Rehabilitated sea turtles, rescued from Cape Cod, are released off the Outer Banks
By Kari Pugh | Editor
Packed in banana boxes, more than two dozen of the world’s most endangered sea turtles began a journey from New England to North Carolina last week, arriving at Cape Hatteras National Seashore for a return back to the ocean.
Twenty-five Kemp’s ridley turtles, along with one loggerhead too big for a banana box, spent months in rehabilitative careafter suffering cold stunning — a type of hypothermia in reptiles exposed to cold water for prolonged periods — over the winter in Cape Cod.
The turtles, released into the warm water across from the Graveyard of the Atlantic Museum in Hatteras, included 10 turtles from the New England Aquarium, five from Mystic Aquarium in Connecticut, five from Atlantic Marine Conservation Society in New York, and six from New York Marine Rescue Center.
Staff and volunteers from a New England wildlife sanctuary rescued the turtles from Cape Cod beaches between November and January, said Adam Kennedy, New England Aquarium’s rescue manager.
Turtles hampered by cold stunning float to the surface and are unable to move. Much like humans battling the flu, recovery depends on the turtle as well as length of exposure, overall size and health and whether they also come down with upper respiratory infections or pneumonia. All need to be eating well and pass a swim test to return to the ocean.
Most of the turtles released Monday were triaged at the New England Aquarium’s sea turtle hospital and spent months at the rehabilitative facilities, receiving treatment for conditions including pneumonia and dehydration.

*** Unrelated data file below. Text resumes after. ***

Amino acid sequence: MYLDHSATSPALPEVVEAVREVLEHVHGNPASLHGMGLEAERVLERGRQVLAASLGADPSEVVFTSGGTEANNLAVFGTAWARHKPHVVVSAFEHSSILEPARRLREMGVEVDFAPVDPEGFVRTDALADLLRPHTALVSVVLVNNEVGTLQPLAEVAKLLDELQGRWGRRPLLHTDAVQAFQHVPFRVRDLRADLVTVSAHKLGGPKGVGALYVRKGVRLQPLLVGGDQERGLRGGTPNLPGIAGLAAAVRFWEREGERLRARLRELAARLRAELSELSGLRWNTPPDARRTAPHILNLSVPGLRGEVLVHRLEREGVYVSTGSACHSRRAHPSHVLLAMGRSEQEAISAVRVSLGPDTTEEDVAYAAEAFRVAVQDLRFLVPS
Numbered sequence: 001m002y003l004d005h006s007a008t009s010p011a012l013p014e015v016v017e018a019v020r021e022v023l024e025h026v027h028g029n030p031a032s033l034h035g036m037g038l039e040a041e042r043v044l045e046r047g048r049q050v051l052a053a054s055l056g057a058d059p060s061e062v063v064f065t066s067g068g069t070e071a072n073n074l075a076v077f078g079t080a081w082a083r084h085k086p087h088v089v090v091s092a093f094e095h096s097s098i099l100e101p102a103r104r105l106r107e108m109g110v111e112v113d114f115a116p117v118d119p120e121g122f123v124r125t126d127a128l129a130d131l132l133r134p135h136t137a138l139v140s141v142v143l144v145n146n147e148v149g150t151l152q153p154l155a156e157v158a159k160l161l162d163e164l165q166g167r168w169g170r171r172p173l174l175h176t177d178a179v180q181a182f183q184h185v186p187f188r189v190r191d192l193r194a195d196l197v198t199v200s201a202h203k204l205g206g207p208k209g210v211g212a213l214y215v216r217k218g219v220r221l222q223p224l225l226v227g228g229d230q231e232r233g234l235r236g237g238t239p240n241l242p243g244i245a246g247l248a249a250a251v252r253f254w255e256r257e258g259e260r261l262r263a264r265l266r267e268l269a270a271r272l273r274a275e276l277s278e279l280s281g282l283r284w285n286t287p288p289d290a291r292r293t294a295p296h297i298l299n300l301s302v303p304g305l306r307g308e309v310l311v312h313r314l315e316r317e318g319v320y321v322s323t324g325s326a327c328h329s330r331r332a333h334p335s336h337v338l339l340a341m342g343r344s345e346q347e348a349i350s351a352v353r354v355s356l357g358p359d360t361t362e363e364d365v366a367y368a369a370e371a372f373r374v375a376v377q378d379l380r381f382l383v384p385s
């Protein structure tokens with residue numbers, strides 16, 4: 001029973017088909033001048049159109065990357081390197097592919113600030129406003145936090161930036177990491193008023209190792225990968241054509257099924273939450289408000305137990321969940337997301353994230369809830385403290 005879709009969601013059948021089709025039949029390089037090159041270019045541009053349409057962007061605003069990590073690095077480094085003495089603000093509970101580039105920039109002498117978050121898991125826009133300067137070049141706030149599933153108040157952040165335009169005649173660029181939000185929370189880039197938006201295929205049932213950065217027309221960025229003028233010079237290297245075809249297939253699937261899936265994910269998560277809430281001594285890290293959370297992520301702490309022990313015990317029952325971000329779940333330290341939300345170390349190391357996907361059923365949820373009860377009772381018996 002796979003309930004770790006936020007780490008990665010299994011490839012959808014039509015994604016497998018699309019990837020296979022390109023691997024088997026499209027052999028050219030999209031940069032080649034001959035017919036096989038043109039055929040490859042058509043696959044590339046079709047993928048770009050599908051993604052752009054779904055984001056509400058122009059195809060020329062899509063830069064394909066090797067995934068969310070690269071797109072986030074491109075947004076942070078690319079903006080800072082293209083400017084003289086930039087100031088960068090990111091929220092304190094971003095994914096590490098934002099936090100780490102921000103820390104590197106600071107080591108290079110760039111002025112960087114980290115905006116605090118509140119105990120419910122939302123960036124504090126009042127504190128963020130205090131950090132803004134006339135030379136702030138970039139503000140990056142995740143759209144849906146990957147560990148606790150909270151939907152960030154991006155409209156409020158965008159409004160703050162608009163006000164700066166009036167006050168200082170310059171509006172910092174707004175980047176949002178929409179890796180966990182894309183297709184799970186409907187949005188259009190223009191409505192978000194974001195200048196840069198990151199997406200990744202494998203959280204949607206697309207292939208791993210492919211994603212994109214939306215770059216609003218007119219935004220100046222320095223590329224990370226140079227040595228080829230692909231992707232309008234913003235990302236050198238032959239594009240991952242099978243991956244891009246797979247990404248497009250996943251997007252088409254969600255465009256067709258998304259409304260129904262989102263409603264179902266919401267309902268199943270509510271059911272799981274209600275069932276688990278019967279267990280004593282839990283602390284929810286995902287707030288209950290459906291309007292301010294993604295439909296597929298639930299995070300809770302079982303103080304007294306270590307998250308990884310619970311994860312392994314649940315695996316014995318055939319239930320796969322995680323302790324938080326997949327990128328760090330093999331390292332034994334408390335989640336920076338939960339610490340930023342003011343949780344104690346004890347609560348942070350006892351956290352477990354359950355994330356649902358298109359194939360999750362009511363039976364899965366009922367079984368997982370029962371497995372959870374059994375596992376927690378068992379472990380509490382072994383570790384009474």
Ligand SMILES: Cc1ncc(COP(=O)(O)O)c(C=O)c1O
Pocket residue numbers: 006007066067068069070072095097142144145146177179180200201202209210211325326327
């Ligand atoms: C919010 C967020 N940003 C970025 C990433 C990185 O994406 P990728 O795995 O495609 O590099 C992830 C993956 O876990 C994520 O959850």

With the ocean off North Carolina warm enough in the springtime for the turtles to survive, the New England Aquarium organized a turtle caravan, leaving last Wednesday and stopping to pick up turtles from other rehab facilities along the way.
During the trip, the aquarium van’s temperature was set for the water temperature at the release site, about 66 degrees. The turtles received fluids to prepare them for a return to the ocean.
“They’ve been off medications for a month now, eating well and acting like they want to go,” Kennedy said.
And go they did. After aquarium staff opened the banana boxes near the surf, the rehabbed turtles flapped fins and scooted into the sea.
Among the turtles released was a Kemp’s ridley that had surgery to remove an ingested balloon ribbon that extended from outside its beak, through its digestive tract, and out its posterior, the New England Aquarium said in a news release.
“Aquarium staff originally intended to release the turtle, named ‘Star Anise,’ by staff, this summer off of Cape Cod, but the turtle recovered more quickly than anticipated and was able to join the N.C. transport,” the release said. “Other turtles released included “Bay Leaf,” “Sage,” and “Chicory”— in keeping with this year’s naming theme of spices.”
Cold stunning is an annual event, both in New England and along the coasts of Virginia and North Carolina. This past winter, Cape Cod beaches saw more than 500 sea turtles stranded due to cold stunning, Kennedy said. The remaining turtles in New England Aquarium care will be released off Cape Cod in the summer months, once the waters have warmed.
Kari Pugh, firstname.lastname@example.org